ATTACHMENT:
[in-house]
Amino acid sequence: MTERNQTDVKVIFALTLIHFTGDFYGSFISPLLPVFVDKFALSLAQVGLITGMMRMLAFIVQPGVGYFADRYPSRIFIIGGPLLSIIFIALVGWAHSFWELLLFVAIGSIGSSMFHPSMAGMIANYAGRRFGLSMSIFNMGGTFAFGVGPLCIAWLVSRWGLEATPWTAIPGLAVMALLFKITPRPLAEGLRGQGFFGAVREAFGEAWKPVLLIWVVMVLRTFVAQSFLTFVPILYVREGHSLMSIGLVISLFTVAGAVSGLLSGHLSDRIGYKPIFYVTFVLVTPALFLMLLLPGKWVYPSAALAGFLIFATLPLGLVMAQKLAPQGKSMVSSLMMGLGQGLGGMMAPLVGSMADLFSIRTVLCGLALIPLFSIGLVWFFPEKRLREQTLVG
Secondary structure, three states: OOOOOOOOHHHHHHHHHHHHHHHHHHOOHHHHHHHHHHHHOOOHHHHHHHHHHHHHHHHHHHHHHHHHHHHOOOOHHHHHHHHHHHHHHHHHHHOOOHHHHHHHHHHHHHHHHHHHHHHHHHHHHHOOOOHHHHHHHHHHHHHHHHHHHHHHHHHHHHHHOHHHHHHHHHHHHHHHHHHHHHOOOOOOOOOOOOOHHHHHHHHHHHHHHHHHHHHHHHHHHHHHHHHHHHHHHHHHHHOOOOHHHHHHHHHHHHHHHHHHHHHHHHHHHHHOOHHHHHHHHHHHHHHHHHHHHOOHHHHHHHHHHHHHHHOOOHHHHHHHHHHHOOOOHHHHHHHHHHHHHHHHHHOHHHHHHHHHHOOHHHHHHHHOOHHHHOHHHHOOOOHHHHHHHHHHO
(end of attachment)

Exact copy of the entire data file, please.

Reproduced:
[in-house]
Amino acid sequence: MTERNQTDVKVIFALTLIHFTGDFYGSFISPLLPVFVDKFALSLAQVGLITGMMRMLAFIVQPGVGYFADRYPSRIFIIGGPLLSIIFIALVGWAHSFWELLLFVAIGSIGSSMFHPSMAGMIANYAGRRFGLSMSIFNMGGTFAFGVGPLCIAWLVSRWGLEATPWTAIPGLAVMALLFKITPRPLAEGLRGQGFFGAVREAFGEAWKPVLLIWVVMVLRTFVAQSFLTFVPILYVREGHSLMSIGLVISLFTVAGAVSGLLSGHLSDRIGYKPIFYVTFVLVTPALFLMLLLPGKWVYPSAALAGFLIFATLPLGLVMAQKLAPQGKSMVSSLMMGLGQGLGGMMAPLVGSMADLFSIRTVLCGLALIPLFSIGLVWFFPEKRLREQTLVG
Secondary structure, three states: OOOOOOOOHHHHHHHHHHHHHHHHHHOOHHHHHHHHHHHHOOOHHHHHHHHHHHHHHHHHHHHHHHHHHHHOOOOHHHHHHHHHHHHHHHHHHHOOOHHHHHHHHHHHHHHHHHHHHHHHHHHHHHOOOOHHHHHHHHHHHHHHHHHHHHHHHHHHHHHHOHHHHHHHHHHHHHHHHHHHHHOOOOOOOOOOOOOHHHHHHHHHHHHHHHHHHHHHHHHHHHHHHHHHHHHHHHHHHHOOOOHHHHHHHHHHHHHHHHHHHHHHHHHHHHHOOHHHHHHHHHHHHHHHHHHHHOOHHHHHHHHHHHHHHHOOOHHHHHHHHHHHOOOOHHHHHHHHHHHHHHHHHHOHHHHHHHHHHOOHHHHHHHHOOHHHHOHHHHOOOOHHHHHHHHHHO